DURHAM – Even as a battle over the issue plays out in state court, city officials are preparing a rewrite of the rules that in Durham govern how tow-truck operators can haul off cars and trucks against an owner’s will.
The revision will reach the City Council on Thursday, and targets sections of the city code that have been in place for up to 48 years.
“We’ve been trying to come up with what we think are some reasonable standards which don’t just make it the Wild West of towing,” City Manager Tom Bonfield said of the proposal he and his staff have given the council.
But the city’s move comes four months after Durham’s chief resident superior court judge, Orlando Hudson, declared unconstitutional a state law that gave Durham and other communities explicit permission to regulate towing.
Hudson’s ruling came in a Chapel Hill case, and is now under review by the N.C. Court of Appeals.
Lawyers for Chapel Hill and N.C. League of Municipalities argue that Hudson erred by ignoring other state statutes that allow cities to regulate businesses using their general police powers.
“It doesn’t appear [Hudson] even addressed the police-power issue,” Durham City Attorney Patrick Baker said.
The Durham revisions chiefly target “non-consensual” tows – most commonly, the type that results when a business owner hires a tower to haul off cars parked outside his or her establishment by people who aren’t at that moment patronizing the business.
Non-consensual tows are intensely controversial in Chapel Hill, where critics see “predatory towing” along Franklin Street as something akin to an extortion racket.
Towers there monitor a few parking lots with video cameras, move in the second a car’s owner leaves the property and demand cash for the car’s release.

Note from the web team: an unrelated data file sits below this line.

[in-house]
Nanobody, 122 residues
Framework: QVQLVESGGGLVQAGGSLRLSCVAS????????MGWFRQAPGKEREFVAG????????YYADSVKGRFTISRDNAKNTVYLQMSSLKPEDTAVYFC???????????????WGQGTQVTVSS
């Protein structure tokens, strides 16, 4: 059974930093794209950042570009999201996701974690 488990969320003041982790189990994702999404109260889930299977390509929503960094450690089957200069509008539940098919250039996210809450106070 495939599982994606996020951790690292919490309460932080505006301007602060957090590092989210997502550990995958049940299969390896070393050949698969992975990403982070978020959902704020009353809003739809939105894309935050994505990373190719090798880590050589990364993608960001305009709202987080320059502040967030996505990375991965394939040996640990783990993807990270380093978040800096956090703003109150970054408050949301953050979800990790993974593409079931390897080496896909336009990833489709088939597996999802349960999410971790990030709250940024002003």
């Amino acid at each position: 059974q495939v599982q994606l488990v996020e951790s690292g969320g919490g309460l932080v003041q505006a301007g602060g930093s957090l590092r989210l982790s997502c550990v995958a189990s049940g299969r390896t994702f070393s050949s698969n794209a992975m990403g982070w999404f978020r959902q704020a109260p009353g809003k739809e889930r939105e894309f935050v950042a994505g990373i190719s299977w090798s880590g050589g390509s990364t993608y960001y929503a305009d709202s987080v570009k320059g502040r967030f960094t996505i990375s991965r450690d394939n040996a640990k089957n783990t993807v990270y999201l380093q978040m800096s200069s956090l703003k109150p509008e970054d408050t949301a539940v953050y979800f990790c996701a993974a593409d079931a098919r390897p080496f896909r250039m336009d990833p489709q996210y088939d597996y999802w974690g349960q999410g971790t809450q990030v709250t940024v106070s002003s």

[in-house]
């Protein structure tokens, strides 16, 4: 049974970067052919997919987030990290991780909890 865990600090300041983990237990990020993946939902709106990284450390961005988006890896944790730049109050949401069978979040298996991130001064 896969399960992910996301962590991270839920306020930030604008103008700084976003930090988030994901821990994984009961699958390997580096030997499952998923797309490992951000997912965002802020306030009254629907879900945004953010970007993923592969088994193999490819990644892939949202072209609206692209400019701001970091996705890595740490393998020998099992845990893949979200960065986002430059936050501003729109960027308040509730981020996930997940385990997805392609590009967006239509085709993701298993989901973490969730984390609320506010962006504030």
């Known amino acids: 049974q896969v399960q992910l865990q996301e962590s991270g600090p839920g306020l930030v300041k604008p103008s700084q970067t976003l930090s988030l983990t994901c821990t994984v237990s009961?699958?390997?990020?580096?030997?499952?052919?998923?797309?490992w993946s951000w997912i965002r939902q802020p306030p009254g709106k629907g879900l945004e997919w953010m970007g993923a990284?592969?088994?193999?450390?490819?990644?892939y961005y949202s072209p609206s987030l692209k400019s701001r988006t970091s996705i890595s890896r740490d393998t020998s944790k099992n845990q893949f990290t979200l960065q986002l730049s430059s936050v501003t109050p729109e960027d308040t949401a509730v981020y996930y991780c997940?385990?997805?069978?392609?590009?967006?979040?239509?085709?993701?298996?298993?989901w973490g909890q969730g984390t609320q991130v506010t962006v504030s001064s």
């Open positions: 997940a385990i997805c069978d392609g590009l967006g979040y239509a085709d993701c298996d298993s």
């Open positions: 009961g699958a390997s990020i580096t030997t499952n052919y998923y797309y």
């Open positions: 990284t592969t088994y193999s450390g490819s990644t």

Similar things happen in Durham, and often wind up involving the city when car owners who think their vehicle has been stolen call police, Bonfield said.
State law normally makes the taking of a vehicle “without the express or implied consent of [its] owner” a crime.
One of the revisions Bonfield and his staff propose would require towers to notify police within 30 minutes of hauling off a car. It would supplement a rule that already requires a once-a-week submission to police of an inventory of any cars a tower’s holding.
Other revisions would beef up existing code provisions that address towing fees. They include a $125 cap on the fee for a non-consensual tow not requested by police, and a demand that towers accept credit and debit cards.
The statute Hudson declared unconstitutional drew his wrath because it targeted only a select few communities, Durham included.
Agreeing with lawyers for a company called George’s Towing, Hudson said the piecemeal approach violated the state constitution’s bar on the General Assembly’s using “local acts” to give cities and counties regulatory authority over business.
He in essence held that any state towing law has to apply equally in all 100 North Carolina counties.
Chapel Hill’s Court of Appeals brief pointed out that Hudson’s ruling wiped out the whole statute – which, among other things, included what appears to be the only provision in state law that expressly authorizes non-consensual, non-police-requested tows from private property.
He left in place other provisions dealing with tows from public property. And a previous Court of Appeals ruling hinted at judge-made, common-law authority for a private-property owner to hire towers, under the legal doctrines that apply to trespassing.
But appellate judges to date have left “unanswered” the question of whether a tow company relying on those common-law doctrines can legally enforce its fees, Shea Denning, a University of North Carolina School of Government professor, said in a 2011 blog post.
Towers and the property owners who use them defend their non-consensual tows on property-rights grounds, and in general argue that they’re an appropriate way to ensure that a business has enough parking to serve its own customers.